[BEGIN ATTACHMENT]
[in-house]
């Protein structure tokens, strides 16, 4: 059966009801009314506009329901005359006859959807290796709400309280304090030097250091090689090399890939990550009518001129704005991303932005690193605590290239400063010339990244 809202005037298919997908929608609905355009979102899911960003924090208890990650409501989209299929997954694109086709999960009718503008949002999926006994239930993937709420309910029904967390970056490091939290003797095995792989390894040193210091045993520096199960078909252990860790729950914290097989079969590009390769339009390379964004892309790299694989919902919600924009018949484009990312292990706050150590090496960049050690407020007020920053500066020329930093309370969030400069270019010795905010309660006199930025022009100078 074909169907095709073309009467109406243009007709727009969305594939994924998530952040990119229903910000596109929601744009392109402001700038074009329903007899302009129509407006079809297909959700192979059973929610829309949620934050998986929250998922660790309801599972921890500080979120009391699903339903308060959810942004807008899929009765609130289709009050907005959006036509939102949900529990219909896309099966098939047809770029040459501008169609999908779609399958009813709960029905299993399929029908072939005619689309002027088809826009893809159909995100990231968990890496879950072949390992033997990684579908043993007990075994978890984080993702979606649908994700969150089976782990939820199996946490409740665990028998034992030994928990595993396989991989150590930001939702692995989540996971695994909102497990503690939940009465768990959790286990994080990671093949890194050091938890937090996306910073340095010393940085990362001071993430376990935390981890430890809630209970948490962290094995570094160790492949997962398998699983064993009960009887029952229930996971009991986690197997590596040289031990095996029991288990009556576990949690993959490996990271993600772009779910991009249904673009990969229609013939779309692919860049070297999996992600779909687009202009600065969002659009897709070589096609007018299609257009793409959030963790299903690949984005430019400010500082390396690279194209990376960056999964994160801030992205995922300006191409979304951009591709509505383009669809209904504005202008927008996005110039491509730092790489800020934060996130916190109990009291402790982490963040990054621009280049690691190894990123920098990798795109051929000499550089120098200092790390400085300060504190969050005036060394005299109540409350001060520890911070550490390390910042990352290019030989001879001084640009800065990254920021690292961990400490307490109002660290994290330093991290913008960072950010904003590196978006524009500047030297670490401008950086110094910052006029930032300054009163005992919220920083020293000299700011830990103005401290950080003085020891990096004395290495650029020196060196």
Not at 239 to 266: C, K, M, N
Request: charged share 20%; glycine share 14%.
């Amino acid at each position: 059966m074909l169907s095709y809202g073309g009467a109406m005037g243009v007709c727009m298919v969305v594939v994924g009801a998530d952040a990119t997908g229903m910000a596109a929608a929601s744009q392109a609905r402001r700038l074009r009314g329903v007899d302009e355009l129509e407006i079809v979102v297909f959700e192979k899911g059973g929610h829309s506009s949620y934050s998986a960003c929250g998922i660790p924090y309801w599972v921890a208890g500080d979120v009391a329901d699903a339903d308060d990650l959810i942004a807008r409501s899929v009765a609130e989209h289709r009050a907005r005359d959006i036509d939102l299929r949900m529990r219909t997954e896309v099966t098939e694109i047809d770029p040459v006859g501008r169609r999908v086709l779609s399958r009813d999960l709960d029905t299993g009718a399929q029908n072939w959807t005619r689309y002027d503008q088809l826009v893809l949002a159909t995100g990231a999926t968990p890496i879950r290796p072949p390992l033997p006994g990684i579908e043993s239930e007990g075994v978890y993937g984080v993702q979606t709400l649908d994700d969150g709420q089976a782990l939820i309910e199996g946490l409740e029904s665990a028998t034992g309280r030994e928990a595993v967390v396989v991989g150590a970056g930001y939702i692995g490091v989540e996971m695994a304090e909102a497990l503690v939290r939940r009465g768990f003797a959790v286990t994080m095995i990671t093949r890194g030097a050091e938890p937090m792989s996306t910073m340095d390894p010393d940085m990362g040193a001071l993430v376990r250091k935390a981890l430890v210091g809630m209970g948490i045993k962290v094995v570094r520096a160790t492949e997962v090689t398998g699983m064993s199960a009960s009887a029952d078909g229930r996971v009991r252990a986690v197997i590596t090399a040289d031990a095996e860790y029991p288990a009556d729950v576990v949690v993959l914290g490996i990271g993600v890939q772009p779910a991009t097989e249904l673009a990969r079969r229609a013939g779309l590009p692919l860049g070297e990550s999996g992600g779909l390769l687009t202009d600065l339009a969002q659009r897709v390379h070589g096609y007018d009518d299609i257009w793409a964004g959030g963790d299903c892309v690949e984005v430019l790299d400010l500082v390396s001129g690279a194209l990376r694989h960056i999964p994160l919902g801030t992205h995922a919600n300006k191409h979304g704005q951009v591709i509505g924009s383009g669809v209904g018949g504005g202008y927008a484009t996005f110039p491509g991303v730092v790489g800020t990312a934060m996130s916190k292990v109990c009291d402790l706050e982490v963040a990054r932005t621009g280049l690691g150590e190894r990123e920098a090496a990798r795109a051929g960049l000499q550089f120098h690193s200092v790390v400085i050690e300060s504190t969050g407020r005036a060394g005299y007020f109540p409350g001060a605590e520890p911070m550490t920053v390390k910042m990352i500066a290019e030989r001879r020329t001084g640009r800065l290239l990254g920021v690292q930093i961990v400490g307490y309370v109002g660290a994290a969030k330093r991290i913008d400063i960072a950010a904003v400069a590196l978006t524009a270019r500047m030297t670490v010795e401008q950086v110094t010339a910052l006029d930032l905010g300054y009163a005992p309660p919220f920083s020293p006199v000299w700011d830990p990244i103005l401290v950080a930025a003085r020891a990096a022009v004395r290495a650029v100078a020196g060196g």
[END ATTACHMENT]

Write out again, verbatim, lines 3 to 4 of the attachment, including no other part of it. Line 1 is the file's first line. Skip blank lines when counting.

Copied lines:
Not at 239 to 266: C, K, M, N
Request: charged share 20%; glycine share 14%.